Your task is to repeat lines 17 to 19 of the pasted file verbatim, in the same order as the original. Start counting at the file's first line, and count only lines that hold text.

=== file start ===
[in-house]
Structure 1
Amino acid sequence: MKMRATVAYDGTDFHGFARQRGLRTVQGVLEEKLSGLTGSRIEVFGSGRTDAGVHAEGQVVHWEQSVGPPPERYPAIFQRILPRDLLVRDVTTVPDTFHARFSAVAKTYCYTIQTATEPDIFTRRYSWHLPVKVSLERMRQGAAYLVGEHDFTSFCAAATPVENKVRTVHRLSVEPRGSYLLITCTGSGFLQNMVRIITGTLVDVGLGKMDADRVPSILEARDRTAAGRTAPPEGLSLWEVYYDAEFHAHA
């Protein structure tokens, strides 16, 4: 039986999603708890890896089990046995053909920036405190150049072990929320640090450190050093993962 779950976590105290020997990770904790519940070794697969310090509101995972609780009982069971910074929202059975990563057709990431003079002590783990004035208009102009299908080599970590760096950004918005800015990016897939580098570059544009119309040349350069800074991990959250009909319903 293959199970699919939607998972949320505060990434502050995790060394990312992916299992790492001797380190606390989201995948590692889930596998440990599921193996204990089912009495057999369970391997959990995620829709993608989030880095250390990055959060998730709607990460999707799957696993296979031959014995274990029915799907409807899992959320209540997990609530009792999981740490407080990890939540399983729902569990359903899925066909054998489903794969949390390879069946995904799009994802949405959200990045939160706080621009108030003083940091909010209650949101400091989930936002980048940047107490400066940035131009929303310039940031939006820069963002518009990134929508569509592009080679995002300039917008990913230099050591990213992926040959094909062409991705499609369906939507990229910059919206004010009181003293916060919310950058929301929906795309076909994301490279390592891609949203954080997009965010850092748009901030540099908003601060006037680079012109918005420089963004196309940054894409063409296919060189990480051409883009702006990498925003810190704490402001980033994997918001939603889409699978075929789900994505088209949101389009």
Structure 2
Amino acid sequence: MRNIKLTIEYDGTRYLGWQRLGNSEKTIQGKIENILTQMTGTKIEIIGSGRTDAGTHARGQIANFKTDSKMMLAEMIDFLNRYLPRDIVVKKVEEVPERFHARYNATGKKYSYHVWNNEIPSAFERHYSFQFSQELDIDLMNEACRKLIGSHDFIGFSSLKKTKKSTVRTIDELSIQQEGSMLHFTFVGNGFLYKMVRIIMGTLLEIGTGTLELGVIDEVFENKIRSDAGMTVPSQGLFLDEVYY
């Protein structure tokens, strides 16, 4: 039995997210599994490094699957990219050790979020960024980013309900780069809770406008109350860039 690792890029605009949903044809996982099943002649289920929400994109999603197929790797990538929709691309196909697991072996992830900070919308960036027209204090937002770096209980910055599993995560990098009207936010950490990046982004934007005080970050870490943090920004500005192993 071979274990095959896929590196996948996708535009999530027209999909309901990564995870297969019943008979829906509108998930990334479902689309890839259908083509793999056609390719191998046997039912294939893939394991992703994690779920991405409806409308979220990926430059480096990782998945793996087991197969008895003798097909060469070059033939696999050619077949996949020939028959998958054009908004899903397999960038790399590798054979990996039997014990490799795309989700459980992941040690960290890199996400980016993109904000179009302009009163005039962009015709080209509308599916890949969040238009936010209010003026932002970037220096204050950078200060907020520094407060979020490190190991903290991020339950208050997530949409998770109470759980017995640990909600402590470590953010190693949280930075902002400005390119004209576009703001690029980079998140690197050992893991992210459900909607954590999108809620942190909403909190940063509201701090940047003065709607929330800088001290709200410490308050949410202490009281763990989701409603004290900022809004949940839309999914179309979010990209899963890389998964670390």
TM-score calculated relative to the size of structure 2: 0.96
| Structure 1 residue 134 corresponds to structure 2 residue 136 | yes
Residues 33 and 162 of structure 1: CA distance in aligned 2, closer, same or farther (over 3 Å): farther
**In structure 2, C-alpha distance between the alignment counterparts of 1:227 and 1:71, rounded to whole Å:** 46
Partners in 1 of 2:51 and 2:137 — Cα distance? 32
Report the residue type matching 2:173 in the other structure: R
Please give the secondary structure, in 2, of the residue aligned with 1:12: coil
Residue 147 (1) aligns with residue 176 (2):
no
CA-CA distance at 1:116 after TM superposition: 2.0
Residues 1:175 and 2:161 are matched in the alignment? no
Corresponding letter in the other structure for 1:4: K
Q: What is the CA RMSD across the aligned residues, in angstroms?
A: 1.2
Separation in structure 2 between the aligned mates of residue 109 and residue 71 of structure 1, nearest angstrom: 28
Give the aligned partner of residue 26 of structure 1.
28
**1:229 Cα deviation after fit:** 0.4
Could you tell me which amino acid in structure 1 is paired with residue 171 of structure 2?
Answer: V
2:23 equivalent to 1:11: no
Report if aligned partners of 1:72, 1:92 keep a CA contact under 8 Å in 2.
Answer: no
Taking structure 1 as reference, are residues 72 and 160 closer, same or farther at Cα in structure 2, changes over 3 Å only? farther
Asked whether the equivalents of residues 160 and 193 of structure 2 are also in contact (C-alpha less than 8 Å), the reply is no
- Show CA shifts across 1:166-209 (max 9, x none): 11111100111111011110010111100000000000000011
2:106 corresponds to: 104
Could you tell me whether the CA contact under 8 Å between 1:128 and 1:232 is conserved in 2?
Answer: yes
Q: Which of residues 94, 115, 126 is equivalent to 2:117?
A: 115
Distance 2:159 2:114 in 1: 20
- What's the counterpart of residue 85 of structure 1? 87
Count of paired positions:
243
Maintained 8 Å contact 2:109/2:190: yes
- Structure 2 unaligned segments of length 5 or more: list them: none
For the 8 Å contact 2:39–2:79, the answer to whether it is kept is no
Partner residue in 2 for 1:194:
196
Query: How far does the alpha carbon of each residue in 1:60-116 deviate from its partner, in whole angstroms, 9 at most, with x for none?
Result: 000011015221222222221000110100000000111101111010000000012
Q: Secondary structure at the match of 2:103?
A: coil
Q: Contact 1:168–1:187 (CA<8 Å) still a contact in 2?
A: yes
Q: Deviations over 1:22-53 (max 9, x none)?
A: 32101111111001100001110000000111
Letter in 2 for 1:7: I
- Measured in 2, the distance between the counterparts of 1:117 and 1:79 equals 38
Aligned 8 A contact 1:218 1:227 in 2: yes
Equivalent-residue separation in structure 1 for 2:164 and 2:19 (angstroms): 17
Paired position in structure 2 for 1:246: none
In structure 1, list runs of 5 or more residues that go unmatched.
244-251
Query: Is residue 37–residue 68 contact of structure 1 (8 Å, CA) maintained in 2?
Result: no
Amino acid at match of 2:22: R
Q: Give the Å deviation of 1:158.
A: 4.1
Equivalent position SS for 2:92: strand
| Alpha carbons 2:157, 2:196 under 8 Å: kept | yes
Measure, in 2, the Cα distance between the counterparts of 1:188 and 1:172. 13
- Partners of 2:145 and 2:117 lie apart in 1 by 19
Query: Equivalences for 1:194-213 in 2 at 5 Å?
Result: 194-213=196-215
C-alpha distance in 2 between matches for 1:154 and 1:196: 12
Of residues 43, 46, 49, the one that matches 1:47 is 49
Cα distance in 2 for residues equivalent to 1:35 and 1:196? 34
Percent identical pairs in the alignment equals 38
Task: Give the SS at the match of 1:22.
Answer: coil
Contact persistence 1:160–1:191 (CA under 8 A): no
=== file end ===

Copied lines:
CA-CA distance at 1:116 after TM superposition: 2.0
Residues 1:175 and 2:161 are matched in the alignment? no
Corresponding letter in the other structure for 1:4: K